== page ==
My stay at The Grand Budapest Hotel was thoroughly enjoyable from start to finish. More visually-driven than Wes Anderson’s previous work, Grand Budapest hits all the notes it needs to. Yet, overall, the film failed to leave me with the same satisfied feeling that I had fter first seeing Moonrise Kingdom; however, it should be noted the only real similarity between these two movies comes in the form of the directorial flourishes of Anderson; in that regard, fear not. Grand Budapest lives up to the Wes Anderson style in the truest sense of the ill-defined term.
The movie follows the relationship of Gustav H., played by Ralph Fiennes, and Zero Moustafa, played by Tony Revolori, as the two embark on a journey to prove Gustav’s innocence in the murder of a close acquaintance. As the action unfolds, so do a bevy of cameos, whimsical set pieces, and smile-inducing quirks. The framework of the film is a retelling of a story, which effectively results in a three-layered narrative that altered by the effects of time on memory. In this way, Grand Budapest essentially offers a “stylistic explanation,” a feature unique among Anderson’s films that, especially in the seemingly vapid characterizations, works to smooth over some the films weaker points. To be clear, the existence of a valid explanation does not mean that I am “okay with” those weaker points.
All told, the story works—it does what a good story should, namely keeping the audience invested. However, there are times when this pseudo-whodunit/prison-break/love story/coming-of-age tale/buddy adventure feels like just that: too much, too indecisive. Granted, in scope and style this movie is undeniably the most ambitious of Anderson’s career. While many elements feel intentionally shrunken down, the storytelling suffers a little under the immense weight of countless cameos, locations, and layers.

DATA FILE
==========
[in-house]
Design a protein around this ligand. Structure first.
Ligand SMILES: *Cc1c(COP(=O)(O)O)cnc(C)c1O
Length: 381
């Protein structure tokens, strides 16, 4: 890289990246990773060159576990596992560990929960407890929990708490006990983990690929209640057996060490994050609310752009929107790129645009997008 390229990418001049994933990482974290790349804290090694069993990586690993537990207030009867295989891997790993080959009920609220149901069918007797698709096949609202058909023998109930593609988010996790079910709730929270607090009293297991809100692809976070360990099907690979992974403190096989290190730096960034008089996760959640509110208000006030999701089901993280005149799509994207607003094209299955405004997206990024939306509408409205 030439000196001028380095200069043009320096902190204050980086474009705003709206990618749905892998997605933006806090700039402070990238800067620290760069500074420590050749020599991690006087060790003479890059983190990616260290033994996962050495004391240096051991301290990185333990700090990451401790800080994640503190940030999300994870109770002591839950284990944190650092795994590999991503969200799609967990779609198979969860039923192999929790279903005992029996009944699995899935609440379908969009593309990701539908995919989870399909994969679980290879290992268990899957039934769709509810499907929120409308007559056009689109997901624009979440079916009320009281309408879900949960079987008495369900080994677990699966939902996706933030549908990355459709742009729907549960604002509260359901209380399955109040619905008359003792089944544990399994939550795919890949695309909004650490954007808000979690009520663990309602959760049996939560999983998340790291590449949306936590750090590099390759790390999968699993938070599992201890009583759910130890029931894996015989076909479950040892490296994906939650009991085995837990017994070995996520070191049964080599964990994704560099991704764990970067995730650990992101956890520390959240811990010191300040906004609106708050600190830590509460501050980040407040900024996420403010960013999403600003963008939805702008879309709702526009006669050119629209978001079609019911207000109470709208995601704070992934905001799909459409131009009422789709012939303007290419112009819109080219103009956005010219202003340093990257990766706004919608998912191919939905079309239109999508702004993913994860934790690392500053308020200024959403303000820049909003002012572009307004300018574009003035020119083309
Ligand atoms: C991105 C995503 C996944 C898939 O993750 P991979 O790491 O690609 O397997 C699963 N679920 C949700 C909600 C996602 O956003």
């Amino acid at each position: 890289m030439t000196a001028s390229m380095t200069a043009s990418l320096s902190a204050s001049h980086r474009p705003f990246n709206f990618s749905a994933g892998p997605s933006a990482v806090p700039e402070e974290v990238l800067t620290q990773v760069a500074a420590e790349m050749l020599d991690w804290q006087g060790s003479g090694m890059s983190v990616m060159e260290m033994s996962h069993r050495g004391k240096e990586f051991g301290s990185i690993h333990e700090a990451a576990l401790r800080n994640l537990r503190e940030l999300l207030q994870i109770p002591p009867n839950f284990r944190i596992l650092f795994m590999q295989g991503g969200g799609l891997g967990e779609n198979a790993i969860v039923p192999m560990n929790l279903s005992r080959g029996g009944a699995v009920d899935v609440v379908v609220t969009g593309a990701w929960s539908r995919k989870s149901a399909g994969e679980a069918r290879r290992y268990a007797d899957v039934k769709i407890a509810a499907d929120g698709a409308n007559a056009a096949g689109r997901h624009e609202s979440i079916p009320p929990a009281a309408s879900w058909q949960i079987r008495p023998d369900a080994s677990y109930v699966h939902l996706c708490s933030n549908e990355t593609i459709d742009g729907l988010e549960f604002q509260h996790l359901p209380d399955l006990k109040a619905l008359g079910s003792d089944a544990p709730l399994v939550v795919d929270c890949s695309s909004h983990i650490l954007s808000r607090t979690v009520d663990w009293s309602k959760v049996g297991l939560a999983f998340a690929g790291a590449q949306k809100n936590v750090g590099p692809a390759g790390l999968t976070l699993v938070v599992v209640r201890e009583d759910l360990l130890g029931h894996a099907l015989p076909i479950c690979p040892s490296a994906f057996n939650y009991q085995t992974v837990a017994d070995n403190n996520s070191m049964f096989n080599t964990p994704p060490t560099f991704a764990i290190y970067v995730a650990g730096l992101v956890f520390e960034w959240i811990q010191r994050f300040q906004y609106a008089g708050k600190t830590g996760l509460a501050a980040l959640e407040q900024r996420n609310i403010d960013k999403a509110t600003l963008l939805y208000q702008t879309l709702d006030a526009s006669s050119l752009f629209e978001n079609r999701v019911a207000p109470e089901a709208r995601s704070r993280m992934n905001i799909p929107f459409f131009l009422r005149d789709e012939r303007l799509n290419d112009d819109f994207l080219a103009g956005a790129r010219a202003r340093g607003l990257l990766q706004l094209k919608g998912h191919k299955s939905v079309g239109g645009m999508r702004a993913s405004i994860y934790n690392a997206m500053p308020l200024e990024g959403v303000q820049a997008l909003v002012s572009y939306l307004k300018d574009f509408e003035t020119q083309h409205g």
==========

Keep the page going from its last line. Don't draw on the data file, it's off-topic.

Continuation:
Visually speaking, the movie has a very clearly defined texture. As with most of his previous projects, Anderson makes use of a curiously crafted and meticulously executed mise-en-scène that runs throughout the film, bleeding into every last element from the dialogue to the shot transitions.
The result feels contained, even when following an ‘exhilarating’ sled chase. In essentially every scene are striking, pastel color combinations that are like a four-star all-you-can-eat buffet for the eyes with similar consequences; it is both delicious and nauseating in its decedent richness.
Outside of Fiennes, the performances fall flat. Most of the actors simply are not given enough of an opportunity to shine especially in light of the distant manner of the dialogue that defines Anderson’s films. The biggest disappointment is Revolori. Though Anderson has had a pretty successful history working with first-time actors in lead roles, nod to Rushmore and Moonrise Kingdom, the nature of Grand Budapest, being far less of a character study than a plot-driven spectacle, leads me to want to place the onus more on Anderson than Revolori. The character would have benefitted far more from an actor with quicker delivery that expresses more through facial expressions and body language than his tongue (an Owen-Wilson type), rather than the sweet – if not flat – performance delivered by Revolori.
Though my very high expectations were not met, I would certainly recommend this movie. Almost every single shot has something – quirk or otherwise – that will put a smile on your face, if one’s not already there. Despite this, Grand Budapest is definitely Anderson’s darkest film to date though not his most grown-up (I’d give that distinction to Darjeeling Limited). 6/10.
by Jeff Bernstein '15